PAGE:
Exposure for directors and officers (D&Os) to continue – or get worse

Exposure for directors and officers (D&Os) to continue – or get worse | Insurance Business New Zealand

Exposure for directors and officers (D&Os) to continue – or get worse

Company directors should brace for tougher regulations and secure directors and officers (D&O) insurance to cover them in worst-case scenarios.

That is the reminder from the Institute of Directors (IoD), alongside Marsh and MinterEllisonRuddWatts, in its Directors & Officers Insurance – trends and issues in turbulent times report. IoD said directors are facing an increasingly challenging operating and regulatory environment, which is also impacting on the insurance market.

“Director roles and responsibilities have increased over recent years and policymakers continue to target directors for personal liability,” IoD governance leadership centre general manager Felicity Caird said.

Meanwhile, MinterEllisonRuddWatts partner Andrew Horne claims “regulators are showing more teeth, group or ‘class’ actions are on the rise, and litigation funders and activist law firms are changing the nature of the legal landscape.”

This situation makes D&O insurance “more important than ever,” Marsh chief officer Steve Walsh noted. However, the market is hardening with premiums rising, and insurers becoming more conservative and selective in their underwriting, he said.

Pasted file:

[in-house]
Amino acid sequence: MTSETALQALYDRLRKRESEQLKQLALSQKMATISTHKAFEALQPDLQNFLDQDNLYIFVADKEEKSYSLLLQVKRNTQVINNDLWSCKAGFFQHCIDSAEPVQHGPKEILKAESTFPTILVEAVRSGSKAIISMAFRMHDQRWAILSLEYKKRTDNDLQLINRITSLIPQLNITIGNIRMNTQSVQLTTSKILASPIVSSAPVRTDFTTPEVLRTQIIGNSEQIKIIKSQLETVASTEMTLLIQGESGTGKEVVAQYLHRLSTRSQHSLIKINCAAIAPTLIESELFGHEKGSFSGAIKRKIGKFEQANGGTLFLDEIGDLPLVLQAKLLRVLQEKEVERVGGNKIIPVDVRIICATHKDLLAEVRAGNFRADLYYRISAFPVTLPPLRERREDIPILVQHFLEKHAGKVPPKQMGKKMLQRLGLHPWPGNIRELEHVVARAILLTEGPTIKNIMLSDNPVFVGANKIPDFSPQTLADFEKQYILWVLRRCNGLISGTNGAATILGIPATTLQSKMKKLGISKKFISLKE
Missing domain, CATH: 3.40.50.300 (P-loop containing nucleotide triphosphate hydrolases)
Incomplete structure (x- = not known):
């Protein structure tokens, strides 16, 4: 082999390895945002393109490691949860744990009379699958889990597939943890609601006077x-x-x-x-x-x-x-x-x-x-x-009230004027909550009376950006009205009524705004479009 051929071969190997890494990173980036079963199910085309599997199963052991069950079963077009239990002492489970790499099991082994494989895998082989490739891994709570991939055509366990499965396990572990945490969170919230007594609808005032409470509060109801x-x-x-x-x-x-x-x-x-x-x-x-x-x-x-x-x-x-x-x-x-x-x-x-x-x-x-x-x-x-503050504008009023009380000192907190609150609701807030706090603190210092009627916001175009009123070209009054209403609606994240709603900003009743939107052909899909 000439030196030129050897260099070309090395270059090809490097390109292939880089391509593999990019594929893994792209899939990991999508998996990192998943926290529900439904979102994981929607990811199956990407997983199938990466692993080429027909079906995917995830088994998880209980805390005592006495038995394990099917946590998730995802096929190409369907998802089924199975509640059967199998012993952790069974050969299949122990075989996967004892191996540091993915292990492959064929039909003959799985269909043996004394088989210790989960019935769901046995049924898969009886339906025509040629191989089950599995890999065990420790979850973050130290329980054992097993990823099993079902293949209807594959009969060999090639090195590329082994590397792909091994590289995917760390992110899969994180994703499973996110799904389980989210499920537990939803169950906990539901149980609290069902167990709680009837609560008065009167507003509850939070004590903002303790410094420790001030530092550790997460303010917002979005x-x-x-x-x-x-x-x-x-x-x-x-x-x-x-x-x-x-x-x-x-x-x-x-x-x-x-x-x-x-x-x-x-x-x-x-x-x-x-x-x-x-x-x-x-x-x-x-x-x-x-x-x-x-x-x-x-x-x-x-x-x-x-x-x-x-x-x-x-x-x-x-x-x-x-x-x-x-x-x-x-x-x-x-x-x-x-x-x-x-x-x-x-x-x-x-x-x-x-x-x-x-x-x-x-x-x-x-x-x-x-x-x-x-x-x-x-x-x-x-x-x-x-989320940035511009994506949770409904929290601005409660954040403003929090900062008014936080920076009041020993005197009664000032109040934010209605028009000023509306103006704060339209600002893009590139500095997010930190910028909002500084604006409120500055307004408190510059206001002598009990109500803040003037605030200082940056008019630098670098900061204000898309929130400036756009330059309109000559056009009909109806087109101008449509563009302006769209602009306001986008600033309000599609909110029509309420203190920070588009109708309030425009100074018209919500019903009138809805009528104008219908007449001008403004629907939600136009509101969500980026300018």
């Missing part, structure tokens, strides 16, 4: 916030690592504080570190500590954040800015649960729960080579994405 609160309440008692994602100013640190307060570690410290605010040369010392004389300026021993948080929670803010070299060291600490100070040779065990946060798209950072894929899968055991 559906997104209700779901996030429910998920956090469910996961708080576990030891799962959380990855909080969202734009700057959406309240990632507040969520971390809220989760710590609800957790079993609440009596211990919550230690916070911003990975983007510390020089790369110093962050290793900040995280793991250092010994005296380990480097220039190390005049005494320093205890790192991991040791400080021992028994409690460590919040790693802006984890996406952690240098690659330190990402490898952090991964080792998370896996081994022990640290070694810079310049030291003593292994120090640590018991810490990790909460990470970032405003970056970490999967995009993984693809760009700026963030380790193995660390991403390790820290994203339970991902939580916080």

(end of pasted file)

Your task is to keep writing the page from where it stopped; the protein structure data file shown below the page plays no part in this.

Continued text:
“The cost of D&O insurance premiums has increased significantly in Australia and New Zealand, and premiums for some organisations in 2019 have more than doubled,” Walsh said. “[N]ot all policies are equal and it is essential that directors have a policy tailored to cover risks specific to their organisation.”

According to IoD data, only 76% of organisations provide directors with liability insurance. It suggests D&O insurance market trends will continue for some time, and may even get worse for some industries.

Read more: Revealed: Top five risks facing directors in 2019

“We actively encourage all board members, including those in not-for-profits and small and medium organisations, to consider D&O insurance to cover them in their roles,” Walsh said.

“The confluence of increasing regulation and litigation risk on one hand and a hardening liability insurance market on the other is challenging for directors,” Horne noted.

“The convergence of these trends could potentially discourage talented directors from joining boards, which will be detrimental to the performance of organisations and ultimately to New Zealand,” Caird added.

Here are five key recommendations for directors, as outlined by IoD, Marsh and MinterEllisonRuddWatts, when obtaining D&O insurance:

  1. When setting limits, it could be as many as 10+ years before a claim is made. Consider how the quantum of the risk may rise in that period.
  2. Legal defence costs may rise in the same period and may be increased by a greater number of directors and officers over time and the potential need for separate representation.
  3. Consider changes that are likely to happen in the future in terms of developments in the standards required or the duty of care.
  4. Consider personal circumstances and ability to defend and/or fund a loss if there is limited or no insurance.
  5. Think about whether one’s industry sector/company is susceptible to class actions, other group litigation, or new types of regulatory action and penalties.